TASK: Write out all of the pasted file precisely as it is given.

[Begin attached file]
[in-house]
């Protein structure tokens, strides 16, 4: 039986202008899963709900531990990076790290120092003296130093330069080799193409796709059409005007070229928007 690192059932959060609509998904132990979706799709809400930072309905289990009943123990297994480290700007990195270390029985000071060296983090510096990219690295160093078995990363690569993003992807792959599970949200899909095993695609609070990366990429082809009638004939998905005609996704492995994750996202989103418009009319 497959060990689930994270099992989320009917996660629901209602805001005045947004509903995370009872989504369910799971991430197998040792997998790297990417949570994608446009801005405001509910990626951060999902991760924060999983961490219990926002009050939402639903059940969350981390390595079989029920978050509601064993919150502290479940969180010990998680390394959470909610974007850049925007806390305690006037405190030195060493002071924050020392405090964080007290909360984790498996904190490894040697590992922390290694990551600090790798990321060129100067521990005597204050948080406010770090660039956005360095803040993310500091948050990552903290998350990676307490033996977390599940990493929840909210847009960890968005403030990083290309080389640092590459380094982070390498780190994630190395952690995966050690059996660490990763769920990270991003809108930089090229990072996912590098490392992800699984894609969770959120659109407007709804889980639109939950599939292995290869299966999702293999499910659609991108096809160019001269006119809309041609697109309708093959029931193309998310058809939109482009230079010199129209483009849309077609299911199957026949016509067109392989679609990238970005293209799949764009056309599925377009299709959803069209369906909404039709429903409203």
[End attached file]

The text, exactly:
[in-house]
């Protein structure tokens, strides 16, 4: 039986202008899963709900531990990076790290120092003296130093330069080799193409796709059409005007070229928007 690192059932959060609509998904132990979706799709809400930072309905289990009943123990297994480290700007990195270390029985000071060296983090510096990219690295160093078995990363690569993003992807792959599970949200899909095993695609609070990366990429082809009638004939998905005609996704492995994750996202989103418009009319 497959060990689930994270099992989320009917996660629901209602805001005045947004509903995370009872989504369910799971991430197998040792997998790297990417949570994608446009801005405001509910990626951060999902991760924060999983961490219990926002009050939402639903059940969350981390390595079989029920978050509601064993919150502290479940969180010990998680390394959470909610974007850049925007806390305690006037405190030195060493002071924050020392405090964080007290909360984790498996904190490894040697590992922390290694990551600090790798990321060129100067521990005597204050948080406010770090660039956005360095803040993310500091948050990552903290998350990676307490033996977390599940990493929840909210847009960890968005403030990083290309080389640092590459380094982070390498780190994630190395952690995966050690059996660490990763769920990270991003809108930089090229990072996912590098490392992800699984894609969770959120659109407007709804889980639109939950599939292995290869299966999702293999499910659609991108096809160019001269006119809309041609697109309708093959029931193309998310058809939109482009230079010199129209483009849309077609299911199957026949016509067109392989679609990238970005293209799949764009056309599925377009299709959803069209369906909404039709429903409203």